Scottish Government staff set for 3% ‘interim’ pay rise

Finance minister agrees to make basic payment ASAP with further negotiations later


By Jim Dunton

16 Apr 2020

Civil servants working for the Scottish Government are set to get an interim 2020-21 pay rise of 3% along with other public-sector staff in the nation after pressure from unions to aid employees’ finances during the coronavirus crisis.

The rise will apply to all workers covered by the Scottish Government’s public sector pay policy – which excludes teachers and members of the Senior Civil Service, among others. A net to aid the lowest paid public-sector workers means the 2020-21 award will be worth at least £750.

The new settlement, agreed by finance secretary Kate Forbes, matches last year’s 3% offer. The Prospect union said that unlike the 2019 settlement, the latest boost will not go straight to a ballot because it does not constitute the final offer.


Richard Hardy, a negotiator at Prospect – which represents professionals such as scientists and engineers in the civil service and other organisations – said public sector unions had been calling on the Scottish Government to reduce uncertainty and stress for members during the coronavirus crisis.

“This is a really important step by the Scottish Government, which has accepted our arguments that members should not have to worry about pay while they are doing important work on behalf of the country,” he said.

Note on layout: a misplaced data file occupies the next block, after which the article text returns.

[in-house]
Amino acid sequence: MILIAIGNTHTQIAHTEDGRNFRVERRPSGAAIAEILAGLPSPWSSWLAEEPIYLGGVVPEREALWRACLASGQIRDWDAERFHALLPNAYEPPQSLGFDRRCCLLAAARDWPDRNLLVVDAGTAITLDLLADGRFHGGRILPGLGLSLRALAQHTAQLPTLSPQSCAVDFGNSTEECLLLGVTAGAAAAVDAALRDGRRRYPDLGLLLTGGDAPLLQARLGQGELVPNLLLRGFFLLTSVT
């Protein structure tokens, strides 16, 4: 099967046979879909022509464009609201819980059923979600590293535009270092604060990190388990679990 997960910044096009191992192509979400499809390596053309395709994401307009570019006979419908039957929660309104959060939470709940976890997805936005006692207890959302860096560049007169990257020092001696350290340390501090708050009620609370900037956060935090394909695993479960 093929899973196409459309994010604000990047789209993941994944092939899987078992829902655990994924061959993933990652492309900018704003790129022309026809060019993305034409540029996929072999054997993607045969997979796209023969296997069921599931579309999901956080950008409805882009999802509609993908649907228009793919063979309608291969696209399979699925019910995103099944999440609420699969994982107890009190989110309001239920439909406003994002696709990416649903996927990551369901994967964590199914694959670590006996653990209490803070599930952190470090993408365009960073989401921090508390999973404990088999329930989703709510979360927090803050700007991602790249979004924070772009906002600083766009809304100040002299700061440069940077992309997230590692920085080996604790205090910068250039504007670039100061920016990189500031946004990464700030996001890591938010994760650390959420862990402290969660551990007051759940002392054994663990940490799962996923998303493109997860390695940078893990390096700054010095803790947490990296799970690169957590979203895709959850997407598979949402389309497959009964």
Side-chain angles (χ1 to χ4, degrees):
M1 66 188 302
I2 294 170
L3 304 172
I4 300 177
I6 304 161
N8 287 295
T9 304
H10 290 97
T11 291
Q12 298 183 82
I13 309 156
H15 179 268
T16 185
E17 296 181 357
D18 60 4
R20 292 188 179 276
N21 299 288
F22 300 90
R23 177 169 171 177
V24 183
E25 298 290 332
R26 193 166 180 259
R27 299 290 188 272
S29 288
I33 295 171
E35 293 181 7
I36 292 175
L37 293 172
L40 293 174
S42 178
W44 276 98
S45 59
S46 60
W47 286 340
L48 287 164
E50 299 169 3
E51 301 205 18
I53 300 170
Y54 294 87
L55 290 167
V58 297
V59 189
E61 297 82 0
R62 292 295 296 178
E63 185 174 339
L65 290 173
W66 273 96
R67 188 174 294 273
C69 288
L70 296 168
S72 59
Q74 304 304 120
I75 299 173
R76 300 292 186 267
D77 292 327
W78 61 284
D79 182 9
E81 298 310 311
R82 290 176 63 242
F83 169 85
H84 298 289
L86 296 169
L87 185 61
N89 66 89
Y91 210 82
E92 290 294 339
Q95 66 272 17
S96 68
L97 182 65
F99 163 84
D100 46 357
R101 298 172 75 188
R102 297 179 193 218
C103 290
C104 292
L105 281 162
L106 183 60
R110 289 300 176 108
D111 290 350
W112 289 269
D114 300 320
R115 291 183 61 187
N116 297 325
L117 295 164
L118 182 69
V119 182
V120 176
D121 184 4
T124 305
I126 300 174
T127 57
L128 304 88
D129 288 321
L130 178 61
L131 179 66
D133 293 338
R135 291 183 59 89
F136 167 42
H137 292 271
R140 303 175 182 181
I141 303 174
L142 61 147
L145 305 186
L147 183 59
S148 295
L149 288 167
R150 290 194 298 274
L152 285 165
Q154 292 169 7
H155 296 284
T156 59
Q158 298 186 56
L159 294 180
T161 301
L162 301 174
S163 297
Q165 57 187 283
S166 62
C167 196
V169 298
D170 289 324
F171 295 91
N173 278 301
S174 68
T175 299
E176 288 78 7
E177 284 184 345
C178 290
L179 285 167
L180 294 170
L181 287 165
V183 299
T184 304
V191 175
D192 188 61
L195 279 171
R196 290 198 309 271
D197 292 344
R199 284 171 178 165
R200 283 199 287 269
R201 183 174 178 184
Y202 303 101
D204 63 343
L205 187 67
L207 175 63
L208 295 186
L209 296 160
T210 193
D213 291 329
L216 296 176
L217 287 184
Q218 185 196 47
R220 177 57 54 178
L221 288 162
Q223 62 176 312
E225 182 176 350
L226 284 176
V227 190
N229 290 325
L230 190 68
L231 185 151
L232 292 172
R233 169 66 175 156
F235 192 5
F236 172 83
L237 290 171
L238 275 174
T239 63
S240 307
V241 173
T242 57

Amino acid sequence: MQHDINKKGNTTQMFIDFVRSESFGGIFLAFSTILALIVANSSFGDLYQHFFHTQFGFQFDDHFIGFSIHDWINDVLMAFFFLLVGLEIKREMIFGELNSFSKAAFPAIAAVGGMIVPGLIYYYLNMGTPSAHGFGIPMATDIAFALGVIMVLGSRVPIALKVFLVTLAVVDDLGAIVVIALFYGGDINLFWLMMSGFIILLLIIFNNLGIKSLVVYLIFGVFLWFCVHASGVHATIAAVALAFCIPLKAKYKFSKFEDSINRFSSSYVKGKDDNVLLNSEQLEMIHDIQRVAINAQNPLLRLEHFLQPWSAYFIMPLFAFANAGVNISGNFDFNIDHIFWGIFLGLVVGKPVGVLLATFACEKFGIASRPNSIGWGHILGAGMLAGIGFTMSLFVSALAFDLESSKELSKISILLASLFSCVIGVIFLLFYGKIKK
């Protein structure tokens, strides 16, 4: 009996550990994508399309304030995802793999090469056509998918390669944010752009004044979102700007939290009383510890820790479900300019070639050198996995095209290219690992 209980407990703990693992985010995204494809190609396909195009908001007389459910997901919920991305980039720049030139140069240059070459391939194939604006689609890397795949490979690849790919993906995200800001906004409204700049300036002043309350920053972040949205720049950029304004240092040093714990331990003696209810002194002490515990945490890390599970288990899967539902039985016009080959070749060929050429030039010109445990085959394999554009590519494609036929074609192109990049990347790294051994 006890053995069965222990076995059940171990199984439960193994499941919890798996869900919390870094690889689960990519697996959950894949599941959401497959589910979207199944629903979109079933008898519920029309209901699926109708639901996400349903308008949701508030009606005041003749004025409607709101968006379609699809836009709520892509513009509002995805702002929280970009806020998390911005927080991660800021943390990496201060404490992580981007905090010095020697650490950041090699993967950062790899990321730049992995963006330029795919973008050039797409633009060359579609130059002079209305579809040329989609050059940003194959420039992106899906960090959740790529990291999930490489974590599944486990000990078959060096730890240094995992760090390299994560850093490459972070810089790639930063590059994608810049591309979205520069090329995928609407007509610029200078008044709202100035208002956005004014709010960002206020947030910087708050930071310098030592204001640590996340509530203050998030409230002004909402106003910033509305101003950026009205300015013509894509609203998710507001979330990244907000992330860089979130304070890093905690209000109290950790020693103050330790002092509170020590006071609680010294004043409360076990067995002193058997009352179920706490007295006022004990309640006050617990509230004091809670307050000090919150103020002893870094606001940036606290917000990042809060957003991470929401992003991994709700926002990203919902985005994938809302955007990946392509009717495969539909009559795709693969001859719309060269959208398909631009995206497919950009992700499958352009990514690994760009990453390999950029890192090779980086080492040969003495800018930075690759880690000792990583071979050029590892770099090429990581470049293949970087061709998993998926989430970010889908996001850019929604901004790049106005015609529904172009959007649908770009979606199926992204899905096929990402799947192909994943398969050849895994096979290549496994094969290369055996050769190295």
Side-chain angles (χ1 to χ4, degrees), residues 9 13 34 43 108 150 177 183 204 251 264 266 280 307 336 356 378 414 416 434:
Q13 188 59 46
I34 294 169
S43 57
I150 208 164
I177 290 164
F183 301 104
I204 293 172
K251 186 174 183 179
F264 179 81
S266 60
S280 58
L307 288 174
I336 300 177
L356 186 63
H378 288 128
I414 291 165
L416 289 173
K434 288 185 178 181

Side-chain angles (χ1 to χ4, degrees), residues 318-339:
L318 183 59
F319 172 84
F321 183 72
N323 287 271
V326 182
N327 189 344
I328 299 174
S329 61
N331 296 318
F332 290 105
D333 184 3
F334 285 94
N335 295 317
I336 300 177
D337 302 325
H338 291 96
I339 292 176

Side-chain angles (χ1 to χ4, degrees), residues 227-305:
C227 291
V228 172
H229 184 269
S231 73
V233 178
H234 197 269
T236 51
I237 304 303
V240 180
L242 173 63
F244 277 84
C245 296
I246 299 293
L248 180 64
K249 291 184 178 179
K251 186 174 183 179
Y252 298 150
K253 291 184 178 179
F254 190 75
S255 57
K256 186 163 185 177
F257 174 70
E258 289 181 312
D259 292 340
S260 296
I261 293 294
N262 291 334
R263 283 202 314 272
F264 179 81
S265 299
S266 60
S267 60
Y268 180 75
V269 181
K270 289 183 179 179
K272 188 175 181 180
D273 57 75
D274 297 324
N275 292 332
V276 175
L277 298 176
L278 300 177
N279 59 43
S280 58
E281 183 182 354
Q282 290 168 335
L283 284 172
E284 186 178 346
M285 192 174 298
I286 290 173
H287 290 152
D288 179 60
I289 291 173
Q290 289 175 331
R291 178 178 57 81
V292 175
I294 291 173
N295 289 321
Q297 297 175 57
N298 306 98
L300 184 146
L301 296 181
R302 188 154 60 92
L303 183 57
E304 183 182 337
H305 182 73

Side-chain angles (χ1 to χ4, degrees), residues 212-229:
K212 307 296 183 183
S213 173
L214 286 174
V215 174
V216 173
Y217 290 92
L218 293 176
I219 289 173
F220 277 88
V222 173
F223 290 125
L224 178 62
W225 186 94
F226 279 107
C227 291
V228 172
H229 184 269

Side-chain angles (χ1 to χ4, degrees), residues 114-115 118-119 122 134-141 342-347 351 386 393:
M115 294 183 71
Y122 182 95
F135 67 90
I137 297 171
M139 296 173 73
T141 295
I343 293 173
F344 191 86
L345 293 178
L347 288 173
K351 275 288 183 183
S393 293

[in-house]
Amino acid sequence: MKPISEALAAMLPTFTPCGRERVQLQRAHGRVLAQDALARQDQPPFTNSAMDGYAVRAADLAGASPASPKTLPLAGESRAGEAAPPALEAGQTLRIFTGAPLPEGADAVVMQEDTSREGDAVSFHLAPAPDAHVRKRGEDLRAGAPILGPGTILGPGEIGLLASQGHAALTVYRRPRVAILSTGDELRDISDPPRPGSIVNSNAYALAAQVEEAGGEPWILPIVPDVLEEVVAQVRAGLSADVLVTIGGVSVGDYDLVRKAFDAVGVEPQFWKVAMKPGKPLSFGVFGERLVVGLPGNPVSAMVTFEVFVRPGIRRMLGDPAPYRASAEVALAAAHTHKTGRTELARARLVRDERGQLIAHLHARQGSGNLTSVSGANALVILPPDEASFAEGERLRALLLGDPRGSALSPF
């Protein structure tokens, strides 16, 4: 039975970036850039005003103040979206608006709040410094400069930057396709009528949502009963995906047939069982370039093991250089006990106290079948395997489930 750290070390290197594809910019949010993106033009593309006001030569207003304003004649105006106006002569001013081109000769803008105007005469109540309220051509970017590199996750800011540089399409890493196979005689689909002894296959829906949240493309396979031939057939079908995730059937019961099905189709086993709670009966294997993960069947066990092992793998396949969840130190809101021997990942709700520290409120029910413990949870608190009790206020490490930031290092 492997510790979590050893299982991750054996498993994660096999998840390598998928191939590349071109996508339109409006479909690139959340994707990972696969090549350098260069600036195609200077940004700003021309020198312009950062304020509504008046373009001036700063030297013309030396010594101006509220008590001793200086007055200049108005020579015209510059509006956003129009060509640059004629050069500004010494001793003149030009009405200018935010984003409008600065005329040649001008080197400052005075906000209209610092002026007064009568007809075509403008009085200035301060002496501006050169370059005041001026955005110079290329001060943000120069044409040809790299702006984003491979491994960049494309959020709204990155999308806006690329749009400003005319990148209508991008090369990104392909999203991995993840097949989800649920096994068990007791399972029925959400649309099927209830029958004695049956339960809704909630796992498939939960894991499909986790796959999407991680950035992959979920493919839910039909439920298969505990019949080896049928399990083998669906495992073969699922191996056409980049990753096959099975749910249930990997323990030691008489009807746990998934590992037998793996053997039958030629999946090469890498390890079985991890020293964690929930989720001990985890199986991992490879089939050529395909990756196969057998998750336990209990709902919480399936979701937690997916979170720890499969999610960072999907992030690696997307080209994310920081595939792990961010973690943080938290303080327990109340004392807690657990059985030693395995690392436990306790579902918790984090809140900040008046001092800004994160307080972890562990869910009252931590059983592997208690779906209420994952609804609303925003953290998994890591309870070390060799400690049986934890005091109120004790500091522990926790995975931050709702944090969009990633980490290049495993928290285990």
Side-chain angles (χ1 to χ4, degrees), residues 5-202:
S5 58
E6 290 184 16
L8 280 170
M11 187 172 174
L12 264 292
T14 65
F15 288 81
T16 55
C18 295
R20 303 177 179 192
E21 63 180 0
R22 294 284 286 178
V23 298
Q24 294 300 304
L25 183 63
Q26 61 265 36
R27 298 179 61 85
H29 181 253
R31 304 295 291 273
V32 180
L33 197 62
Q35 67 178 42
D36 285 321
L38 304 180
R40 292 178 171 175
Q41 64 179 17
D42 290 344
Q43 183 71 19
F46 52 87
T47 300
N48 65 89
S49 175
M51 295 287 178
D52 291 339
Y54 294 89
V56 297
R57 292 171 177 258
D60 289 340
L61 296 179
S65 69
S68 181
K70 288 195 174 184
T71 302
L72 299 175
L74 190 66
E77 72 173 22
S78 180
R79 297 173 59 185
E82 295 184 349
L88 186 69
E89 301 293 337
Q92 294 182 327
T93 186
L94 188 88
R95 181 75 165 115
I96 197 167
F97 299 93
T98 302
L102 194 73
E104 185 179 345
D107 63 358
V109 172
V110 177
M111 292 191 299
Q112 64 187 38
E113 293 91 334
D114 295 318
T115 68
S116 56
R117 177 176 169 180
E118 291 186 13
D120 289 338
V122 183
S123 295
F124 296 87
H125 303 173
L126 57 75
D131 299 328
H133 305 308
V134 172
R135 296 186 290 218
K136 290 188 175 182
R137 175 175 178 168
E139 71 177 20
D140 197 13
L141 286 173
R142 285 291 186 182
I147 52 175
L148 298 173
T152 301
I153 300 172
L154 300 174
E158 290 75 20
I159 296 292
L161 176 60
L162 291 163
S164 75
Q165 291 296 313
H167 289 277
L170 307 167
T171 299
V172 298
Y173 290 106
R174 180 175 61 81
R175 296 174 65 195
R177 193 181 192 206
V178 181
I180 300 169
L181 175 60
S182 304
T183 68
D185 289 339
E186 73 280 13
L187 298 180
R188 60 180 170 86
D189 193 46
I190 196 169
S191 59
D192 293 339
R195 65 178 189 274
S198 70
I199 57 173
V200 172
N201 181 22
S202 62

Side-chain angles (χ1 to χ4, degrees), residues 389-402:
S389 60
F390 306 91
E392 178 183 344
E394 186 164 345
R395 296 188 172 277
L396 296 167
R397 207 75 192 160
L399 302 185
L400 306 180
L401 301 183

“We hope that the payments can start to be made in May. We will not be balloting on the increase and it does not represent our final position on pay. But the move does show the power of unions acting for members.”

Cat Boyd, national officer for the Public and Commercial Services union – which is Scotland’s largest trade body for civil servants and lead negotiator – said further talks were expected to look at additional flexibilities within pay policy and wider terms and conditions issues.

“After we wrote to Ms Forbes in March on this matter, our members will be glad that these interim measures have been taken. It’s never been more important to get pay in people’s pockets and we hope this approach will help our members through the crisis,” she said.

“However, we also consider this to be the only first instalment of the 2020 award. As soon as face-to-face negotiations can take place, we will put our full claim to the employer, so that civil and public servants get the pay settlement they both need and deserve.”

A statement from Forbes, who became Scotland’s finance minister following Derek Mackay’s resignation in February, said the decision to implement an interim pay rise for staff covered by Scotland’s public sector pay policy had followed a request from unions last month.

“I fully recognise the value of the work being carried out by public bodies and the importance of ensuring that pay awards are implemented on time,” she said.

“I appreciate that key staff may not be available for various reasons over the next couple of months and that this would have an impact on pay negotiations and implementation.

“In order to provide certainty to public sector workers and their families, I am content to agree to your proposal that all public bodies covered by the Public Sector Pay Policy for Staff Pay Remits 2020-21 can now look to implement the basic award elements of that policy as soon as is practicable.”

Forbes said the pay awards should include progression increases where they were due, but she noted that some public bodies may not be able to fast-track payment where their revenue streams were being impacted by Covid-19.

She said discussions about other aspects of the 2020-21 settlement that unions are keen to address would be “picked up at a later date”.

Prospect’s Hardy said organisations expected to struggle to pay staff the 2020-21 awards promptly would include bodies that were reliant on access payments for revenue, such as Historic Environment Scotland and National Museums Scotland.

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